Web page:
Tak­ing shots at ‘Grandma’

The mood is merry as a Lily Tom­lin trib­ute and a screen­ing of her film open the event.

Los Angeles Times - - MOVIES - By Mark Olsen and Amy Kauf­man mark.olsen@la­times.com. amy.kauf­man@la­times.com

The Los An­ge­les Film Fes­ti­val opened Wed­nes­day night with the film “Grandma” and a trib­ute to its star, Lily Tom­lin. Here’s a re­port from the fes­ti­val.

“It’s just great to have you here for the L.A. pre­miere of Paul Weitz’s ‘Grandma.’ And by that I mean the film, of course.”

In in­tro­duc­ing the open­ing-night film of the Los An­ge­les Film Fes­ti­val, Josh Welsh, pres­i­dent of Film In­de­pen­dent, made a vari­a­tion of a joke on the movie’s ti­tle that would be heard a few times through­out the pre-show.

Writ­ten and di­rected by Weitz, “Grandma” is a rare star­ring ve­hi­cle for Tom­lin, who plays Elle Reid, a on­cenoted poet still griev­ing over the loss of her long­time part­ner. One morn­ing, her grand­daugh­ter Sage (Ju­lia Garner) ar­rives need­ing money for an abor­tion ap­point­ment that day. Elle is broke her­self, and the two set out in search of any­one will­ing to lend them the money, hop­ing to avoid go­ing to Sage’s mother/Elle’s daugh­ter (Mar­cia Gay Har­den). In a last-ditch ef­fort, they visit Elle’s old flame (Sam El­liott), whom she hasn’t seen in 30 years.

“I did a film called ‘Ad­mis­sion’ where Lily played Tina Fey’s mother. It was a sup­port­ing role, and I wanted to come up with an ex­cuse for hang­ing out more with Lily Tom­lin,” Weitz said by way of in­tro­duc­ing the film.

“So I fig­ured if I wrote a script where she’s in ev­ery scene, I could get some qual- ity time with Lily Tom­lin,” he added.

All of the film’s main cast was there, as Weitz in­tro­duced Tom­lin, Garner, Har­den, El­liott and Judy Greer.

LAFF has for the last few years been cen­tered at the Re­gal the­aters at L.A. Live. The main house is among the big­gest screens in the city, and a de­lib­er­ately small, care­fully cal­i­brated char­ac­ter piece like “Grandma” could po­ten­tially be over­whelmed by the size of the the­ater. It spoke to the strength of the film’s per­for­mances and its sub­tle charms and ob­ser­va­tions that it man­aged to fill the room with emo­tional nu­ance and scaled power rather than loud ex­plo­sions and splashy ef­fects.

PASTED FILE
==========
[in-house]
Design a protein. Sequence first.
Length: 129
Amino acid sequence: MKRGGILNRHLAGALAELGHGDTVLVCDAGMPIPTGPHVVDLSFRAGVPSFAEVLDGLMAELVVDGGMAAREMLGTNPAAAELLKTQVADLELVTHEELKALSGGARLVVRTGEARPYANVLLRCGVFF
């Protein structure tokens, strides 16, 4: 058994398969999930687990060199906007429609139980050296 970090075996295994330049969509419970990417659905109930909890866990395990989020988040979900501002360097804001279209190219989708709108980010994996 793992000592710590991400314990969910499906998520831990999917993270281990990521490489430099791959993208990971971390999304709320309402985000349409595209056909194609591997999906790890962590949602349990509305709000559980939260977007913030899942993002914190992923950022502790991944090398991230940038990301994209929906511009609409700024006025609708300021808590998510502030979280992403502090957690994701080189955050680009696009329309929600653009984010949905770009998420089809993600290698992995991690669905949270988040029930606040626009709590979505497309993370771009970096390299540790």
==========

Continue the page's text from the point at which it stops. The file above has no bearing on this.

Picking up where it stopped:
Be­fore the fea­ture, there was a short film fi­nanced by Amer­i­can Air­lines ex­tolling film pro­duc­tion in Los An­ge­les. Di­rected by Film In­de­pen­dent fel­low Ryan Ve­lasquez, it fea­tured var­i­ous sta­tis­tics as well as Weitz and film­mak­ers Ava DuVer­nay, Sean Baker, and oth­ers on the virtues of shoot­ing in the city, in­clud­ing com­ments from Mayor Eric Garcetti.

After the movie, at a party across the street, talk cen­tered not just on the per­for­mance by Tom­lin but also on El­liott. His sin­gle, long scene is a pow­er­house and finds the rugged ac­tor dis­play­ing more emo­tional range and depth than he is of­ten called on to do. Though it is only sum­mer, there was much talk as to whether both Tom­lin and El­liott might still be talked about come awards sea­son.

“Grandma” comes to the­aters in late Au­gust from awards-savvy dis­trib­u­tor Sony Pic­tures Clas­sics, in some­thing of a pre-fall slot that could well po­si­tion it to be re­mem­bered for year-end con­sid­er­a­tion.

Tom­lin re­ceived the fes­ti­val’s Spirit of In­de­pen­dence award, an hour be­fore “Grandma” screened for the open­ing-night crowd.

Garner ap­peared en­dear­ingly anx­ious as she talked about Tom­lin’s inf lu­ence on her as a young girl. Yes, she’d seen “9 to 5” and “Nashville” — but it was Tom­lin’s voice act­ing as teacher Mrs. Friz­zle on “The Magic School Bus” that af­fected her most.

“She was my hero,” Garner said. “Ev­ery week, Mrs. Friz­zle would take her stu­dents through the hu­man body or outer space. I wanted her to be my teacher. … She al­ways said to her stu­dents, ‘Take chances and make mis­takes and get messy!’ And that’s ex­actly what I learned from Lily.”

After ac­cept­ing her award, Tom­lin set­tled in for a Q&A with LAFF cu­ra­tor Elvis Mitchell, ini­tially re­call­ing her early act­ing in­flu­ences — Eileen Heckart in “The Bad Seed,” a school teacher who read her di­alect po­ems, ra­dio char­ac­ter shows.

Then there were the sto­ries about all the leg­ends she’s worked with. Among the high­lights:

Be­fore Richard Pryor agreed to par­tic­i­pate in one of her va­ri­ety spe­cials, Tom­lin re­vealed, he made her at­tend a porno movie with him. “I said, ‘I will go, but I will pay my own way,’ ” she said. “So we went to a porno movie, and it wasn’t that good.”

She tried to get out of “9 to 5” just days into pro­duc­tion. “I saw the dailies and thought I was just hor­ri­ble,” she said. “I thought, ‘I’m just so phony and aw­ful.” She pleaded with a pro­ducer to leave, say­ing she didn’t need any money. Jane Fonda vis­ited her in her trailer to try and “soften the sit­u­a­tion.” And once she saw a few more dailies, she de­cided to stay.

On the set of “Nashville,” di­rec­tor Robert Alt­man smoked so much mar­i­juana each evening that Tom­lin wor­ried he’d be too messed up to make it to set the next day. But to her sur­prise, he’d al­ways be there at 5 a.m., “rid­ing the crane.” Also: He ap­par­ently had “very beau­ti­ful, long, sen­si­tive, artis­tic fin­gers.”

Pho­tog raphs by Luis Sinco Los An­ge­les Times

MAR­CIA GAY HAR­DEN of the film “Grandma” on the red car­pet for open­ing night of the L.A. Film Fes­ti­val.

LILY TOM­LIN is f lanked by “Grandma” costars Judy Greer, left, Ju­lia Garner.

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